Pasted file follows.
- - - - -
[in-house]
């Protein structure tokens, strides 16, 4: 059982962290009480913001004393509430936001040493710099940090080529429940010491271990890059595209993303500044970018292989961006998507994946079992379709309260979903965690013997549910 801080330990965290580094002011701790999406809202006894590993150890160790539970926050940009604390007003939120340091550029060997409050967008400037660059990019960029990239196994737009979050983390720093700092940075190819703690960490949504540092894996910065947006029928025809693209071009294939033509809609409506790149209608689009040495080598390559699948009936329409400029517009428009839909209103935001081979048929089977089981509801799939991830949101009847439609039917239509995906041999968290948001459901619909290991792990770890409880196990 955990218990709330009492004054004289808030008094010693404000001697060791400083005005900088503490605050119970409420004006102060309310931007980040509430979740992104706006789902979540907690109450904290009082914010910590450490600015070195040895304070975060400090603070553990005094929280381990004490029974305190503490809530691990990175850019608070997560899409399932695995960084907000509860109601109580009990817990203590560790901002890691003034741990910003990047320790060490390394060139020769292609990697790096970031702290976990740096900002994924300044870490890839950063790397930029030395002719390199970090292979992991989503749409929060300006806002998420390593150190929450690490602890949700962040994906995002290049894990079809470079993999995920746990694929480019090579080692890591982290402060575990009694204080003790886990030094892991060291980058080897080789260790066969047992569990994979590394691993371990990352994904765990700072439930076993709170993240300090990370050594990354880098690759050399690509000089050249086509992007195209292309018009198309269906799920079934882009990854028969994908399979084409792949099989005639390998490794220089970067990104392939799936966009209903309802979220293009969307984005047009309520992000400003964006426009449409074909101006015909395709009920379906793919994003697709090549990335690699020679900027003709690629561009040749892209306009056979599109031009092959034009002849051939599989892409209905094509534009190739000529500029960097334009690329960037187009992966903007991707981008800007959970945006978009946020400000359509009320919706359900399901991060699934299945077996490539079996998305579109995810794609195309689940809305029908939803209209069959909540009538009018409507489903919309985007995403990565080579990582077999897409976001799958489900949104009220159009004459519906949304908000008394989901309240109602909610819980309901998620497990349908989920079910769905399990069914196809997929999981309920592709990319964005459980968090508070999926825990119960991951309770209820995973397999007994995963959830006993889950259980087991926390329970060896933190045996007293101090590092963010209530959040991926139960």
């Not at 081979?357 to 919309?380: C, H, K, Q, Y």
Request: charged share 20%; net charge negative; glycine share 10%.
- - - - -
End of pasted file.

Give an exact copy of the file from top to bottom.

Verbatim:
[in-house]
């Protein structure tokens, strides 16, 4: 059982962290009480913001004393509430936001040493710099940090080529429940010491271990890059595209993303500044970018292989961006998507994946079992379709309260979903965690013997549910 801080330990965290580094002011701790999406809202006894590993150890160790539970926050940009604390007003939120340091550029060997409050967008400037660059990019960029990239196994737009979050983390720093700092940075190819703690960490949504540092894996910065947006029928025809693209071009294939033509809609409506790149209608689009040495080598390559699948009936329409400029517009428009839909209103935001081979048929089977089981509801799939991830949101009847439609039917239509995906041999968290948001459901619909290991792990770890409880196990 955990218990709330009492004054004289808030008094010693404000001697060791400083005005900088503490605050119970409420004006102060309310931007980040509430979740992104706006789902979540907690109450904290009082914010910590450490600015070195040895304070975060400090603070553990005094929280381990004490029974305190503490809530691990990175850019608070997560899409399932695995960084907000509860109601109580009990817990203590560790901002890691003034741990910003990047320790060490390394060139020769292609990697790096970031702290976990740096900002994924300044870490890839950063790397930029030395002719390199970090292979992991989503749409929060300006806002998420390593150190929450690490602890949700962040994906995002290049894990079809470079993999995920746990694929480019090579080692890591982290402060575990009694204080003790886990030094892991060291980058080897080789260790066969047992569990994979590394691993371990990352994904765990700072439930076993709170993240300090990370050594990354880098690759050399690509000089050249086509992007195209292309018009198309269906799920079934882009990854028969994908399979084409792949099989005639390998490794220089970067990104392939799936966009209903309802979220293009969307984005047009309520992000400003964006426009449409074909101006015909395709009920379906793919994003697709090549990335690699020679900027003709690629561009040749892209306009056979599109031009092959034009002849051939599989892409209905094509534009190739000529500029960097334009690329960037187009992966903007991707981008800007959970945006978009946020400000359509009320919706359900399901991060699934299945077996490539079996998305579109995810794609195309689940809305029908939803209209069959909540009538009018409507489903919309985007995403990565080579990582077999897409976001799958489900949104009220159009004459519906949304908000008394989901309240109602909610819980309901998620497990349908989920079910769905399990069914196809997929999981309920592709990319964005459980968090508070999926825990119960991951309770209820995973397999007994995963959830006993889950259980087991926390329970060896933190045996007293101090590092963010209530959040991926139960």
């Not at 081979?357 to 919309?380: C, H, K, Q, Y």
Request: charged share 20%; net charge negative; glycine share 10%.